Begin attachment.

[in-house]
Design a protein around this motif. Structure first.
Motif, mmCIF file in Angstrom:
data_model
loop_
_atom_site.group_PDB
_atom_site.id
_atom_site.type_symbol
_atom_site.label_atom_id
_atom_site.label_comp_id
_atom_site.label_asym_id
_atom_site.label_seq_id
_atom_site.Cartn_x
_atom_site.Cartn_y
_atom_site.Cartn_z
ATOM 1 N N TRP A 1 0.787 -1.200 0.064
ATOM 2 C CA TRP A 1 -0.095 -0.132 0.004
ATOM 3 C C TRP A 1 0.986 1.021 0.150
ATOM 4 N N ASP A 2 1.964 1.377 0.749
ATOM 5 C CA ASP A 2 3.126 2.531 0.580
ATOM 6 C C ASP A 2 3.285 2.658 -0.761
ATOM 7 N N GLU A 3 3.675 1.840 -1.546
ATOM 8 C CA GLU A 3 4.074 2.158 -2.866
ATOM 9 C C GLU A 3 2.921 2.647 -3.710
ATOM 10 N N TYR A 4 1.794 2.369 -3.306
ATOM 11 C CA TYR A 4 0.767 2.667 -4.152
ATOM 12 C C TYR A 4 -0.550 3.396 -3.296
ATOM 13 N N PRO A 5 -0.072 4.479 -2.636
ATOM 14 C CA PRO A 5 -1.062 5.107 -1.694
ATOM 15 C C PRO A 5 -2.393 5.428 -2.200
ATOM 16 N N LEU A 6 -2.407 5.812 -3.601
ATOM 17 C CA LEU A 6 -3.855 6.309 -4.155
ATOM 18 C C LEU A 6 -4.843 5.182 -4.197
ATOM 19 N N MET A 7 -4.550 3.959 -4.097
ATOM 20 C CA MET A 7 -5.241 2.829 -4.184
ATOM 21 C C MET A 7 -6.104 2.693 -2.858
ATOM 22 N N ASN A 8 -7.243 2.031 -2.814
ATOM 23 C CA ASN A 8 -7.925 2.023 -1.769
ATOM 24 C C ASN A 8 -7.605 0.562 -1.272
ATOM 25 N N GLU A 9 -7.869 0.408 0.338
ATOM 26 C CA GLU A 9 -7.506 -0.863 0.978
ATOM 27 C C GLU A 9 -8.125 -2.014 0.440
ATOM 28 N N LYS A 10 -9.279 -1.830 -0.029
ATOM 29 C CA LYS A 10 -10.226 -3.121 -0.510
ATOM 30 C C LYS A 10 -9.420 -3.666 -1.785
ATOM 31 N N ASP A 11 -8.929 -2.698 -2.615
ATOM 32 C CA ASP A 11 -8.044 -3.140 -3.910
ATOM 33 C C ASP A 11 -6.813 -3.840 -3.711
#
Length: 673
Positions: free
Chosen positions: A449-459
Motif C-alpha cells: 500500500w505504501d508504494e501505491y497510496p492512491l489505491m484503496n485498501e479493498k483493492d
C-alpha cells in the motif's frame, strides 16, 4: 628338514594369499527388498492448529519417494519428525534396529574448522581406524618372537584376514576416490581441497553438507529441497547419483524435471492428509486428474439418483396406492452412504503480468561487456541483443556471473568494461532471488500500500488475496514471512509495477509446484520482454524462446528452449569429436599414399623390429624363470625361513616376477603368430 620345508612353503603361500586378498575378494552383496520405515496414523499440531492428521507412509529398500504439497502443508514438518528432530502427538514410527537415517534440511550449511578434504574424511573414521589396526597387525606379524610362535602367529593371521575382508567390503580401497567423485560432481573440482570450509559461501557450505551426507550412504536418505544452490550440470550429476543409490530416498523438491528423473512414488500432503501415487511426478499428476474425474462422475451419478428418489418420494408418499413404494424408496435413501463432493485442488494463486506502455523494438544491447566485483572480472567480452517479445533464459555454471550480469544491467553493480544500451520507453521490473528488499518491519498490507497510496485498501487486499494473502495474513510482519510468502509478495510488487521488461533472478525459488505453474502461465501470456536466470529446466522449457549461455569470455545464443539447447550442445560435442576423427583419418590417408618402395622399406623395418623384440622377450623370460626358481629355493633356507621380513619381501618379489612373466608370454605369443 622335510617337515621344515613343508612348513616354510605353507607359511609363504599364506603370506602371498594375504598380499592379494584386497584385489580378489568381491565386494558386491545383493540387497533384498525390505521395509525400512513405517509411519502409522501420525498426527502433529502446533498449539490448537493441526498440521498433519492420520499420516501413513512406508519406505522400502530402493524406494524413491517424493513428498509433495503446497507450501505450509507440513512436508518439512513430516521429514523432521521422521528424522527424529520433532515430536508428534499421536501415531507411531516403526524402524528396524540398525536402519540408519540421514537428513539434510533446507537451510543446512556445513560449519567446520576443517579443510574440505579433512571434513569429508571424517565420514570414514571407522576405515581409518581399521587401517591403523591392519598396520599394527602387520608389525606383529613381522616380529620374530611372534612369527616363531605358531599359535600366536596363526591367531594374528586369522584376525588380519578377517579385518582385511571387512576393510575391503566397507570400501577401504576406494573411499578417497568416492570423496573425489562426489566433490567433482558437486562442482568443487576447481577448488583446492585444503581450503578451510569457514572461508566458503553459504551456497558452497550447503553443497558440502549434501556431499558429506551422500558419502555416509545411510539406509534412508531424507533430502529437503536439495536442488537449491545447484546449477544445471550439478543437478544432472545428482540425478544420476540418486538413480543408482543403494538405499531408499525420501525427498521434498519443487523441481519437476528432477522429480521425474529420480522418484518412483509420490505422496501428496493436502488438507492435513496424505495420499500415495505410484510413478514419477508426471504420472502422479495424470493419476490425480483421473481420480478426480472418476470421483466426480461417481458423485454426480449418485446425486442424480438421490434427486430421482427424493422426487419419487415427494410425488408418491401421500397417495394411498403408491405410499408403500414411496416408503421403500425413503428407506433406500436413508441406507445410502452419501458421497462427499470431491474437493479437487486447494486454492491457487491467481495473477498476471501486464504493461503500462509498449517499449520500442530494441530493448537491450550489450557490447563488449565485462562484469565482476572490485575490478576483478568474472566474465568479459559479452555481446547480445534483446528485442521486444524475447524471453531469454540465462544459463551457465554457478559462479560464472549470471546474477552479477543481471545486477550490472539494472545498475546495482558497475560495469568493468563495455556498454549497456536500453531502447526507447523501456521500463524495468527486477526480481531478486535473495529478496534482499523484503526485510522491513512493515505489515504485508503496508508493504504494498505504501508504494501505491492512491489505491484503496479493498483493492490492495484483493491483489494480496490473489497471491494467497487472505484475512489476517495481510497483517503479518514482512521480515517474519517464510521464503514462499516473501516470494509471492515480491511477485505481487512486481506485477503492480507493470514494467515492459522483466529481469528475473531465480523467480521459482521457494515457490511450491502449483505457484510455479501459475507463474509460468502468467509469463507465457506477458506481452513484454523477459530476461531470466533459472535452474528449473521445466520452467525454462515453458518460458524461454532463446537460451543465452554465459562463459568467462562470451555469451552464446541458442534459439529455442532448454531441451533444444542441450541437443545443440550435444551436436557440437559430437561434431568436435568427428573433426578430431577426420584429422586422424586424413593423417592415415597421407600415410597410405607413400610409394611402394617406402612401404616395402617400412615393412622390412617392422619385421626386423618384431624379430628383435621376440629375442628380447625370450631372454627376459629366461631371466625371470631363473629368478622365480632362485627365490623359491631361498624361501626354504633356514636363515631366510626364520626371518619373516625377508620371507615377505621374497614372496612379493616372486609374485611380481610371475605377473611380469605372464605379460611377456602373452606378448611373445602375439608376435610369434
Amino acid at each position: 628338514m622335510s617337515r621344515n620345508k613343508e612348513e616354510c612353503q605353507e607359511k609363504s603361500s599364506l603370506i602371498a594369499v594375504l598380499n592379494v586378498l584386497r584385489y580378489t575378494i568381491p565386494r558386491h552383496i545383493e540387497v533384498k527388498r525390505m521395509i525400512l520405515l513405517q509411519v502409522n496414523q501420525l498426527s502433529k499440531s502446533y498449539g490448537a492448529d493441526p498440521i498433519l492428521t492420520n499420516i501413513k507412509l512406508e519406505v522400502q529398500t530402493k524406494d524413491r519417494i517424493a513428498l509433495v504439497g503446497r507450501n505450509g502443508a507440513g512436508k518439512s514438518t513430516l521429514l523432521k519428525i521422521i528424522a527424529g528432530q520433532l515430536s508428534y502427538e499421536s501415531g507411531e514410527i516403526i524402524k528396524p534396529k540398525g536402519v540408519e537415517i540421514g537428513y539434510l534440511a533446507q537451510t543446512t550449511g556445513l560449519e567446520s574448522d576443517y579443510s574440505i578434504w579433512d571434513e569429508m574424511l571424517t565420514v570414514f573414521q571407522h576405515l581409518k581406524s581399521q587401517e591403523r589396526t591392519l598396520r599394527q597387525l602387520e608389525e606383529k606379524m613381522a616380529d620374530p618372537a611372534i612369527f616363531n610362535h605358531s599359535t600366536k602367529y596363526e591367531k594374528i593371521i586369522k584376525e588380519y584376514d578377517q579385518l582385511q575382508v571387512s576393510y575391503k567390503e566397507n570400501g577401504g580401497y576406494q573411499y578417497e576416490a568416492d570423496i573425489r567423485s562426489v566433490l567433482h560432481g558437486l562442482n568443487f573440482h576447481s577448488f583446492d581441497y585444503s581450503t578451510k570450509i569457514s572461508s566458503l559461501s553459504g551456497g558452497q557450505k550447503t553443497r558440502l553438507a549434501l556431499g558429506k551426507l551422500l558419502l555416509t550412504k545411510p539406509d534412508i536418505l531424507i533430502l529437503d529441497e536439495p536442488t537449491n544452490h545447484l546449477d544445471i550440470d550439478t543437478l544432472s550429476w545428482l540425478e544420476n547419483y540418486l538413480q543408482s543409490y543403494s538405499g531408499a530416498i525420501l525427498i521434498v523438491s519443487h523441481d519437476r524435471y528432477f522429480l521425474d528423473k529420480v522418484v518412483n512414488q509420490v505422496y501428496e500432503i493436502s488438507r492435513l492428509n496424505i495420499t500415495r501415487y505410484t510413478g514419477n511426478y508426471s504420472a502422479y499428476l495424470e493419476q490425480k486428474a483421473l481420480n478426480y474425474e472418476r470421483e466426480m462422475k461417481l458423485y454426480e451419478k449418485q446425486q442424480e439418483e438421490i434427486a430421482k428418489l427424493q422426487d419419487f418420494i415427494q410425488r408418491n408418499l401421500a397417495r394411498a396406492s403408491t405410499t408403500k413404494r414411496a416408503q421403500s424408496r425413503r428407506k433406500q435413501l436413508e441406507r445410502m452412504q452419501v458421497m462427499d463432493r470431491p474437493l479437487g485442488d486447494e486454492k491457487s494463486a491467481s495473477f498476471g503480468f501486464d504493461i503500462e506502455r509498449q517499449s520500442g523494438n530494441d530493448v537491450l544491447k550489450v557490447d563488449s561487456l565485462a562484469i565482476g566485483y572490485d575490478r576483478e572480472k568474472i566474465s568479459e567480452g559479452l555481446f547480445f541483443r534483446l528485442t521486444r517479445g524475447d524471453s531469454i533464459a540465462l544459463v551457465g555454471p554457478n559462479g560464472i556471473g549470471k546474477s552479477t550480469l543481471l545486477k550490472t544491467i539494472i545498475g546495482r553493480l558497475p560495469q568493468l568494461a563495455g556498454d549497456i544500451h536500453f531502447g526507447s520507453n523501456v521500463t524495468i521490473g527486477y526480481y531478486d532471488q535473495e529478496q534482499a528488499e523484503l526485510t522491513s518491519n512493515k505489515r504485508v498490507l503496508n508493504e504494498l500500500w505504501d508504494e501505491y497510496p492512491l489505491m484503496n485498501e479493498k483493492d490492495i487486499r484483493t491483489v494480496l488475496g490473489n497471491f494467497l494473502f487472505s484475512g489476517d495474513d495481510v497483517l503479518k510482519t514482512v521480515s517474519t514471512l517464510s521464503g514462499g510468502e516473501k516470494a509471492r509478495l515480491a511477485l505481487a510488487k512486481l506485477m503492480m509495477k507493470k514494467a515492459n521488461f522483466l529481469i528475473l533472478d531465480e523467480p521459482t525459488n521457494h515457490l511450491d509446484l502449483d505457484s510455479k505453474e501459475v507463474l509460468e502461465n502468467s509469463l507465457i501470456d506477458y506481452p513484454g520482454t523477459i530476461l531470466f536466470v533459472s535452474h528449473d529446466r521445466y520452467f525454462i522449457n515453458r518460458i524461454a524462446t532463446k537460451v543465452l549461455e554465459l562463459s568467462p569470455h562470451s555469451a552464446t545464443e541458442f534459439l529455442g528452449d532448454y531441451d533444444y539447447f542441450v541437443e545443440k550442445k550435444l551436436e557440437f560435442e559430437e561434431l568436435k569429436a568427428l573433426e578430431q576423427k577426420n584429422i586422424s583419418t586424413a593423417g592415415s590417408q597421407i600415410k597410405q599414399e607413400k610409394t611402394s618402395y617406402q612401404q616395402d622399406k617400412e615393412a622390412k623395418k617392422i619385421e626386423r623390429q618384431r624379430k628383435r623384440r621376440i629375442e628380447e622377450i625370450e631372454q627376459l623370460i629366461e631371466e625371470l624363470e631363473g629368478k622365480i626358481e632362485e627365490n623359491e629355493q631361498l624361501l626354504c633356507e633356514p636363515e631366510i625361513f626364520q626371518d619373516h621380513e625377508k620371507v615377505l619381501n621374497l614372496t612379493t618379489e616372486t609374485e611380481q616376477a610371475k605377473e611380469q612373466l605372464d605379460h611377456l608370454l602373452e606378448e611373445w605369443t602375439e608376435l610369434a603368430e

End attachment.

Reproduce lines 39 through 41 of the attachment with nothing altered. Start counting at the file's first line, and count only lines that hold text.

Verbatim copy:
ATOM 24 C C ASN A 8 -7.605 0.562 -1.272
ATOM 25 N N GLU A 9 -7.869 0.408 0.338
ATOM 26 C CA GLU A 9 -7.506 -0.863 0.978